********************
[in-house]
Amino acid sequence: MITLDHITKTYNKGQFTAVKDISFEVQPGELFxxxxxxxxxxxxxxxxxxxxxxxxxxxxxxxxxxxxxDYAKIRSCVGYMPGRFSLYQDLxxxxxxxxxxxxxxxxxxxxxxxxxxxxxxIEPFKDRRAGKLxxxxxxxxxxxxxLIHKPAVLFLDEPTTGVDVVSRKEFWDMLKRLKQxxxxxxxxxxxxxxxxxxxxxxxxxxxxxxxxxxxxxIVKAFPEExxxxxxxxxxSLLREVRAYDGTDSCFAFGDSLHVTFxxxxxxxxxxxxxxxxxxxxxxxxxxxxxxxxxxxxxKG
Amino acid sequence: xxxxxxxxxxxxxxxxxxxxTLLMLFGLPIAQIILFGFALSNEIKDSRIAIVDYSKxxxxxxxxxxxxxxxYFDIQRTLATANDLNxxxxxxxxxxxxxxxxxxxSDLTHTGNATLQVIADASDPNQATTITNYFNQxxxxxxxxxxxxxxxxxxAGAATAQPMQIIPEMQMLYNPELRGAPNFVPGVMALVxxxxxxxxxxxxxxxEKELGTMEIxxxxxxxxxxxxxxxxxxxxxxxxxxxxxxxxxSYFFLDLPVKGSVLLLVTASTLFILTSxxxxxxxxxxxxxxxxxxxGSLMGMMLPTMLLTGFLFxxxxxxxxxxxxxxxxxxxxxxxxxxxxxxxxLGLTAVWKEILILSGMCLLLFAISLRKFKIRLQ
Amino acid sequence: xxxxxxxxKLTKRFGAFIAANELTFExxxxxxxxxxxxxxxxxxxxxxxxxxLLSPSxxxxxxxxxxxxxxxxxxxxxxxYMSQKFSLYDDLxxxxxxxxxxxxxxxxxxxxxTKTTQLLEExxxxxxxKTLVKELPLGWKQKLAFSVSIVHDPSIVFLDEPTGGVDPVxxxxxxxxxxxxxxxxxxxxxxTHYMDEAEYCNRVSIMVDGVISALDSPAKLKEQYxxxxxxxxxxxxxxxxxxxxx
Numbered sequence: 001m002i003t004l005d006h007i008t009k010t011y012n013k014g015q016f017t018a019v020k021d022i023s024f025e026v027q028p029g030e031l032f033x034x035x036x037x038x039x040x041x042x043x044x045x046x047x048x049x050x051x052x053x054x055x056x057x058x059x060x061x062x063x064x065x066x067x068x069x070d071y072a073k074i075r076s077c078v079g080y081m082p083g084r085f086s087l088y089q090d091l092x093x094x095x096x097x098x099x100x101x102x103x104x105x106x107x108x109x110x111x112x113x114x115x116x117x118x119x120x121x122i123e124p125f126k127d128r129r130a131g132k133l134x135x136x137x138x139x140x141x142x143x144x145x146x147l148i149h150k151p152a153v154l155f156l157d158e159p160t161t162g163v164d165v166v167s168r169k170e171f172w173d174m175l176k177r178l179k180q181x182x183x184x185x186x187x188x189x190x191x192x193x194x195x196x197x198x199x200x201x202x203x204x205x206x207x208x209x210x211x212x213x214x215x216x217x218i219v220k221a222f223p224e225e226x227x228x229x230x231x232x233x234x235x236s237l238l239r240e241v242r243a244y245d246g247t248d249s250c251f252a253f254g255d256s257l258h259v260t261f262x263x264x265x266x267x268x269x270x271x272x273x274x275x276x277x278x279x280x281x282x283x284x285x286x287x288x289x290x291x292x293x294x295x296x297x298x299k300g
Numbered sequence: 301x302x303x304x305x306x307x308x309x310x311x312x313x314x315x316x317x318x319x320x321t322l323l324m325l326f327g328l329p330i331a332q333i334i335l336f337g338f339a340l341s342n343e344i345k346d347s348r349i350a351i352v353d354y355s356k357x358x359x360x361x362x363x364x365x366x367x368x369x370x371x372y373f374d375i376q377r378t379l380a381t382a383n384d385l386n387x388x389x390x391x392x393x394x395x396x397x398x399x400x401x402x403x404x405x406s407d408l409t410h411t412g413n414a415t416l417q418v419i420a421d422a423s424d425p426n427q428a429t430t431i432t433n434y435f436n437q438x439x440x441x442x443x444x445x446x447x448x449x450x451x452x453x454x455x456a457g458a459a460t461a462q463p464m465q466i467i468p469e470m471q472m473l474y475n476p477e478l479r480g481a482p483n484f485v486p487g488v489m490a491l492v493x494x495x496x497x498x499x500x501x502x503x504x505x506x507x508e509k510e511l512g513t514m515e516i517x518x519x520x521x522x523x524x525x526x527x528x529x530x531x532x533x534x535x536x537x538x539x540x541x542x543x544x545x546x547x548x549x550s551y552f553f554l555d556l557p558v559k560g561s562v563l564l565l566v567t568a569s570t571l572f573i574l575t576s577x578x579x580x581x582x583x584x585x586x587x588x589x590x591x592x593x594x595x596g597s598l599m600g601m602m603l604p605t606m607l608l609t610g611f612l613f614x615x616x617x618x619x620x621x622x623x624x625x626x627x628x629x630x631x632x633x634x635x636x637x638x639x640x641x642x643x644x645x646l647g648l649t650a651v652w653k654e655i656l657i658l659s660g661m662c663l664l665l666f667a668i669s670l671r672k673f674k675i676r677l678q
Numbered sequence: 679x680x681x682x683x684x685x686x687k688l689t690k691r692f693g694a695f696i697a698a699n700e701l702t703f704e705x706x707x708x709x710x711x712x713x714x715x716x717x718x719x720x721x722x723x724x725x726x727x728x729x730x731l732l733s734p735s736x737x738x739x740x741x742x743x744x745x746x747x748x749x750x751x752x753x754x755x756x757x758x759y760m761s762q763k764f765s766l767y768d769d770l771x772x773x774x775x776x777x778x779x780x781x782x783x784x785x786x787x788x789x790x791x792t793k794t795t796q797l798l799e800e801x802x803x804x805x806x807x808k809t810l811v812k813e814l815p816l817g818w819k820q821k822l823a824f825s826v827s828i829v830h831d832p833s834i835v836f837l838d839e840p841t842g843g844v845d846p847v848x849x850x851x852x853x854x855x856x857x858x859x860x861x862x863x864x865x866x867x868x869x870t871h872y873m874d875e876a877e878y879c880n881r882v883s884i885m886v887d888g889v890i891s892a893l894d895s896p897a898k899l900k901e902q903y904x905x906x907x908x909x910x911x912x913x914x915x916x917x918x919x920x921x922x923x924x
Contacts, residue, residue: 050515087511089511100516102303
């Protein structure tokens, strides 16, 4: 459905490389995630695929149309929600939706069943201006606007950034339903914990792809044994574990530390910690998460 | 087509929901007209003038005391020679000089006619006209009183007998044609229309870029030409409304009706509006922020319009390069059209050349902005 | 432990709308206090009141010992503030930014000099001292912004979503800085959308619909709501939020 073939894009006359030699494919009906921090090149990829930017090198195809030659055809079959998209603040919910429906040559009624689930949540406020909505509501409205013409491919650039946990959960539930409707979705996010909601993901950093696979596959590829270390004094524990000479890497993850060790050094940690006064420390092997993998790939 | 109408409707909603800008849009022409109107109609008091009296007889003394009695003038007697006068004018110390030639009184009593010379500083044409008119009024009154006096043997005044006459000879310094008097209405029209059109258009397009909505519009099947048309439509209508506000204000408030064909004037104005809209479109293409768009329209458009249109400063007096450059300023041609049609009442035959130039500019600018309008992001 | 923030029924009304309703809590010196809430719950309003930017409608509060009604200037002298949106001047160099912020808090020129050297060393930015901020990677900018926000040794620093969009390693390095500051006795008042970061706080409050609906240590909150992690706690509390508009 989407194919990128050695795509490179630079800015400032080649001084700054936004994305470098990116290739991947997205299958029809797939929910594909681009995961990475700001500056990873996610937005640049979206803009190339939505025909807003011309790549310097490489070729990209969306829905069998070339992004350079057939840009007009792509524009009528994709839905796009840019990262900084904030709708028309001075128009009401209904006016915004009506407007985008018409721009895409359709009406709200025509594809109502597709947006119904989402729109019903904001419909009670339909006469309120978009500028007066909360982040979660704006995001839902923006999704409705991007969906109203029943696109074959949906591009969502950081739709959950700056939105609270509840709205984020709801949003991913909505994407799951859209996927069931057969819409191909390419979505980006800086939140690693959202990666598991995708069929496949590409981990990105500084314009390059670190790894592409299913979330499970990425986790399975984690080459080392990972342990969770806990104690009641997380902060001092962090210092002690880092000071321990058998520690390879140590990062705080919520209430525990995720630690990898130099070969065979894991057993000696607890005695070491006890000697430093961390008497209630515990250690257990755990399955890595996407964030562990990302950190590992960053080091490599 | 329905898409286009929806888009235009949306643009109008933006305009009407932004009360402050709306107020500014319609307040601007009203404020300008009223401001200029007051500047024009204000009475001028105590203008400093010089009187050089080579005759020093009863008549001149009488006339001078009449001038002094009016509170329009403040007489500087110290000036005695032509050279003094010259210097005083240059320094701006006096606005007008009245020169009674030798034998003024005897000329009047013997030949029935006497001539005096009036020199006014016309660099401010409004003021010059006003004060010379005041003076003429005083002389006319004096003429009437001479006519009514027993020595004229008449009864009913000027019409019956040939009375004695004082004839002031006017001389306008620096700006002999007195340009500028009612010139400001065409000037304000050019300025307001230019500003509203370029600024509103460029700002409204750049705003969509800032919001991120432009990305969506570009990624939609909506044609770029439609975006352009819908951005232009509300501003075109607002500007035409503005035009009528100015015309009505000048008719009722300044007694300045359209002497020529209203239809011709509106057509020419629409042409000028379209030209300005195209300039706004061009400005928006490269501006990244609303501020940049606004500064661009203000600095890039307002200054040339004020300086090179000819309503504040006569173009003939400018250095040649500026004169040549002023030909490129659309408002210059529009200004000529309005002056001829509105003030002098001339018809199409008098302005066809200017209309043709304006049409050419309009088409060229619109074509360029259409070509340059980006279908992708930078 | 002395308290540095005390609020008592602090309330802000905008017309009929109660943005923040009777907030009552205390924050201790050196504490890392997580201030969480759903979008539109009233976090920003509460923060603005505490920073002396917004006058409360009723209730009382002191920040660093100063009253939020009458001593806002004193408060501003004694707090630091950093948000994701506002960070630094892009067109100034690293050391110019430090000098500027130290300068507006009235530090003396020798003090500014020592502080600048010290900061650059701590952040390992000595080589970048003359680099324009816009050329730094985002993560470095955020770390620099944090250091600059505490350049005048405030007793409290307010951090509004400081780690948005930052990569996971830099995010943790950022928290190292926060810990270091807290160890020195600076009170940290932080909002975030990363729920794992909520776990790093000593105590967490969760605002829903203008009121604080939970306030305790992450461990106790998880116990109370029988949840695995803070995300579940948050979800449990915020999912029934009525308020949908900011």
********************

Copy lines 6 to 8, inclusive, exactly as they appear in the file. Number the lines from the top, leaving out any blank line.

Numbered sequence: 301x302x303x304x305x306x307x308x309x310x311x312x313x314x315x316x317x318x319x320x321t322l323l324m325l326f327g328l329p330i331a332q333i334i335l336f337g338f339a340l341s342n343e344i345k346d347s348r349i350a351i352v353d354y355s356k357x358x359x360x361x362x363x364x365x366x367x368x369x370x371x372y373f374d375i376q377r378t379l380a381t382a383n384d385l386n387x388x389x390x391x392x393x394x395x396x397x398x399x400x401x402x403x404x405x406s407d408l409t410h411t412g413n414a415t416l417q418v419i420a421d422a423s424d425p426n427q428a429t430t431i432t433n434y435f436n437q438x439x440x441x442x443x444x445x446x447x448x449x450x451x452x453x454x455x456a457g458a459a460t461a462q463p464m465q466i467i468p469e470m471q472m473l474y475n476p477e478l479r480g481a482p483n484f485v486p487g488v489m490a491l492v493x494x495x496x497x498x499x500x501x502x503x504x505x506x507x508e509k510e511l512g513t514m515e516i517x518x519x520x521x522x523x524x525x526x527x528x529x530x531x532x533x534x535x536x537x538x539x540x541x542x543x544x545x546x547x548x549x550s551y552f553f554l555d556l557p558v559k560g561s562v563l564l565l566v567t568a569s570t571l572f573i574l575t576s577x578x579x580x581x582x583x584x585x586x587x588x589x590x591x592x593x594x595x596g597s598l599m600g601m602m603l604p605t606m607l608l609t610g611f612l613f614x615x616x617x618x619x620x621x622x623x624x625x626x627x628x629x630x631x632x633x634x635x636x637x638x639x640x641x642x643x644x645x646l647g648l649t650a651v652w653k654e655i656l657i658l659s660g661m662c663l664l665l666f667a668i669s670l671r672k673f674k675i676r677l678q
Numbered sequence: 679x680x681x682x683x684x685x686x687k688l689t690k691r692f693g694a695f696i697a698a699n700e701l702t703f704e705x706x707x708x709x710x711x712x713x714x715x716x717x718x719x720x721x722x723x724x725x726x727x728x729x730x731l732l733s734p735s736x737x738x739x740x741x742x743x744x745x746x747x748x749x750x751x752x753x754x755x756x757x758x759y760m761s762q763k764f765s766l767y768d769d770l771x772x773x774x775x776x777x778x779x780x781x782x783x784x785x786x787x788x789x790x791x792t793k794t795t796q797l798l799e800e801x802x803x804x805x806x807x808k809t810l811v812k813e814l815p816l817g818w819k820q821k822l823a824f825s826v827s828i829v830h831d832p833s834i835v836f837l838d839e840p841t842g843g844v845d846p847v848x849x850x851x852x853x854x855x856x857x858x859x860x861x862x863x864x865x866x867x868x869x870t871h872y873m874d875e876a877e878y879c880n881r882v883s884i885m886v887d888g889v890i891s892a893l894d895s896p897a898k899l900k901e902q903y904x905x906x907x908x909x910x911x912x913x914x915x916x917x918x919x920x921x922x923x924x
Contacts, residue, residue: 050515087511089511100516102303